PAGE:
This is a movie about a bunch of 8-bit aliens trying to take over the planet. Knowing that, if you go in expecting verisimilitude or a flawless plot, then you’re setting yourself up for disappointment. Which would be a pity, because on the whole, Pixels is anything but a disappointing film. It delivers on the laughs, the madness and the technicolor graphics it promises.

The film starts somewhere in the 80s when Sam Brenner (who grows up to be Adam Sandler) and his best friend Cooper are fanatic arcade gamers. Brenner is so good that he actually goes on to compete in the 1982 World Championship for arcade games- the tapes of which are going to be sent into space to educate any intelligent life out there about our (read ‘American’) culture. Well, “catastatrophically” for Brenner, he loses to the self-christened Fireblaster (Peter Dinklage) in the final game- Donkey Kong – a failure which follows him everywhere for the rest of his life. So poor Brenner, who had all the markings of nerdy success according to loyal friend Cooper, grows up to be an installation guy for an electronics store, while Cooper (adult version played by Kevin James) grows up to be, wait for it… the President of the United States! This should give you a rough idea of the kind of absurdity this film is going to throw at you.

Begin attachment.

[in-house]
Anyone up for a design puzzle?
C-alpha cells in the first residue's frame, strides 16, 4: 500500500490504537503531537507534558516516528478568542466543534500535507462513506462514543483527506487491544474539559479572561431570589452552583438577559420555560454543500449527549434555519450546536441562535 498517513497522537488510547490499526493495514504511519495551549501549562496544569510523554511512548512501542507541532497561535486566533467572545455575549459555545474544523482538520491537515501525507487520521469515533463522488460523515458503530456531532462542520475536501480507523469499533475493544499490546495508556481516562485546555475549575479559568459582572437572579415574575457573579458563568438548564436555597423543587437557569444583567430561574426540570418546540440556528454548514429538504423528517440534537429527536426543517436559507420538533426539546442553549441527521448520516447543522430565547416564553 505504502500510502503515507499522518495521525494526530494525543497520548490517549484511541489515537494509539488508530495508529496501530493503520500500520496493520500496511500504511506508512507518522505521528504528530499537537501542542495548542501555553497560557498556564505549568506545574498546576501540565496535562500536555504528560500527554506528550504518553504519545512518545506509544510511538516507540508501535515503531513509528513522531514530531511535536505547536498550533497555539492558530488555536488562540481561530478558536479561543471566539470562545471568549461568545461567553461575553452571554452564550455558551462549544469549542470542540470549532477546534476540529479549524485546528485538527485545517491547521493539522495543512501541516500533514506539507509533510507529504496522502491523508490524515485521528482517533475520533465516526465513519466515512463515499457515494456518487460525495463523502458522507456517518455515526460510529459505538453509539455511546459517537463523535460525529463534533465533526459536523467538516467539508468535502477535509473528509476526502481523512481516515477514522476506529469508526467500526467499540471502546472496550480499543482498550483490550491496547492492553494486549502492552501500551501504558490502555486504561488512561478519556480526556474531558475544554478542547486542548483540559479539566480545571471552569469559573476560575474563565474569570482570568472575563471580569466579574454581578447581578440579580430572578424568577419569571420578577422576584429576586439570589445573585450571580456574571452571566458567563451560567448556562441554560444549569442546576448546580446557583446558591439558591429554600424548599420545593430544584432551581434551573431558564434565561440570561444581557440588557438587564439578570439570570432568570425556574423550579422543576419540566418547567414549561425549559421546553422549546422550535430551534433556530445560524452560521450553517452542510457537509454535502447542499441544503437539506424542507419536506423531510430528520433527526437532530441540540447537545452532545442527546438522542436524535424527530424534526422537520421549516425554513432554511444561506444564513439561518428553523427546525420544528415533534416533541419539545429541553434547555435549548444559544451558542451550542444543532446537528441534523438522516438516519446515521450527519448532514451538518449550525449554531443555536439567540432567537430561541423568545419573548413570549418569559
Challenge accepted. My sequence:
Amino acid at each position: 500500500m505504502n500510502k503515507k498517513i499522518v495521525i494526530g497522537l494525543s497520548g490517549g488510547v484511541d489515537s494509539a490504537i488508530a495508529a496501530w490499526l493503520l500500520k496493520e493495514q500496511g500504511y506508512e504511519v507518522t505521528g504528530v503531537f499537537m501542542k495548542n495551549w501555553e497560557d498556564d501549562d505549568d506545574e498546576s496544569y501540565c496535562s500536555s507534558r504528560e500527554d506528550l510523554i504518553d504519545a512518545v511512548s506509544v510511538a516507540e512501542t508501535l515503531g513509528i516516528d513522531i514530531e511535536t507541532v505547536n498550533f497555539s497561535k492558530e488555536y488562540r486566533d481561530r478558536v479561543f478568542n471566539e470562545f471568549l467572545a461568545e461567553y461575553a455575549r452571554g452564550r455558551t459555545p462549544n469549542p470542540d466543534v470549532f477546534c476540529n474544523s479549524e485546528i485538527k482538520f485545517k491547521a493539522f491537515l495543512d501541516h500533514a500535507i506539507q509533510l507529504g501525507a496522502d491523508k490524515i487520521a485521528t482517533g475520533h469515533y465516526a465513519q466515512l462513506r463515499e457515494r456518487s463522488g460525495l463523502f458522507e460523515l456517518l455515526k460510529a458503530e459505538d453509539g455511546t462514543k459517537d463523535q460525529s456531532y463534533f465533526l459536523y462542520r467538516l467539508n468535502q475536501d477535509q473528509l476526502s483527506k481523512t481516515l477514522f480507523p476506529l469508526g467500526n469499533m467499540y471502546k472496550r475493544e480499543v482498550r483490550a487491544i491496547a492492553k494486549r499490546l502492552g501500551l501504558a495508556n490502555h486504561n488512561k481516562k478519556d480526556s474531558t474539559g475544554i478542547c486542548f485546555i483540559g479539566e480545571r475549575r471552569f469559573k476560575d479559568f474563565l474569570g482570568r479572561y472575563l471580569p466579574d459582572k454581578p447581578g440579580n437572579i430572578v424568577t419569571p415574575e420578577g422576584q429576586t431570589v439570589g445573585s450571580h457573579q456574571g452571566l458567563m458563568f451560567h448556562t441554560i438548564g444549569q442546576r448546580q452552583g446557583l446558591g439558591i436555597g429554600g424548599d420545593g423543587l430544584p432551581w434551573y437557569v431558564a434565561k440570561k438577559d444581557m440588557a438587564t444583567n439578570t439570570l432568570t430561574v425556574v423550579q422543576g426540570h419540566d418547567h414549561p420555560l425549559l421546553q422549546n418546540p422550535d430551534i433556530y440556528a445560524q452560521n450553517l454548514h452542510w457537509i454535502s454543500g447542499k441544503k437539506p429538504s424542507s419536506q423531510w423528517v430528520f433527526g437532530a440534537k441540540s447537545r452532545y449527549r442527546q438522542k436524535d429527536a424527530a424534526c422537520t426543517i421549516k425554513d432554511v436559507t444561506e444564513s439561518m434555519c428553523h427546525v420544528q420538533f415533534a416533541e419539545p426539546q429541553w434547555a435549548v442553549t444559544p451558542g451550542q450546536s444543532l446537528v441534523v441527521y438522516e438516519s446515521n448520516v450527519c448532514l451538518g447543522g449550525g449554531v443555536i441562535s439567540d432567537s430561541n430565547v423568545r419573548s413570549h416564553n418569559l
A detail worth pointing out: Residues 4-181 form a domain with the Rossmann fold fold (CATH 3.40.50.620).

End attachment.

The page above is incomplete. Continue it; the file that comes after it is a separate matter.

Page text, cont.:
So back in present-day USA, the aliens have found the video, and interpreted it as a declaration of hostility. In response, they decide to send down monsters shaped like our beloved video game characters (how twisted is that?) that will pixelate and destroy our civilization. And of course, who does the President call upon to save us in this desperate hour but his old gaming buddies. Though not without some fairly vocal and humorous protests from his Security Council.
As Adam Sandler, Kevin James, Peter Dinklage and Josh Gad proceed to save the world from annihilation, you can sit back and enjoy the one-liners, topical wit, insane situations (the President cannot read!) and often delightful 3D graphics. Pac-Man is cute, the Donkey Kong bit is larger-than-life, and Q*bert is adorable! For much of the second half, the screen is sprinkled with a host of arcade video game characters, and for those who’ve actually played these games, this part is a trippy trip down memory lane.
Other than a cast filled with comedy’s A-list, Pixels has a whole bunch of guest appearances, the most notable of which are Toru Iwatani (the creator of Pac-Man himself), Serena Williams and Martha Stewart (don’t ask)! Director Chris Columbus has taken Patrick Jean’s clever but quaint short film and given it scale that only a studio budget can provide. And what a smashing job he’s done of it! Pixels is one of those rare films which has something for the adults- nostalgia, humour- and a lot for the kids- cute, colourful 3D characters. It may not be troubled by logic or game-changing performances(!), but it’s a fun way to spend two hours.
Why you should watch this film:
Because you had a rough week and you could use a few laughs. Because you used to play Pac-Man as a kid. Because you love Adam Sandler’s deadpan comedy. Because you know you’ll leave the theater with a smile on your face.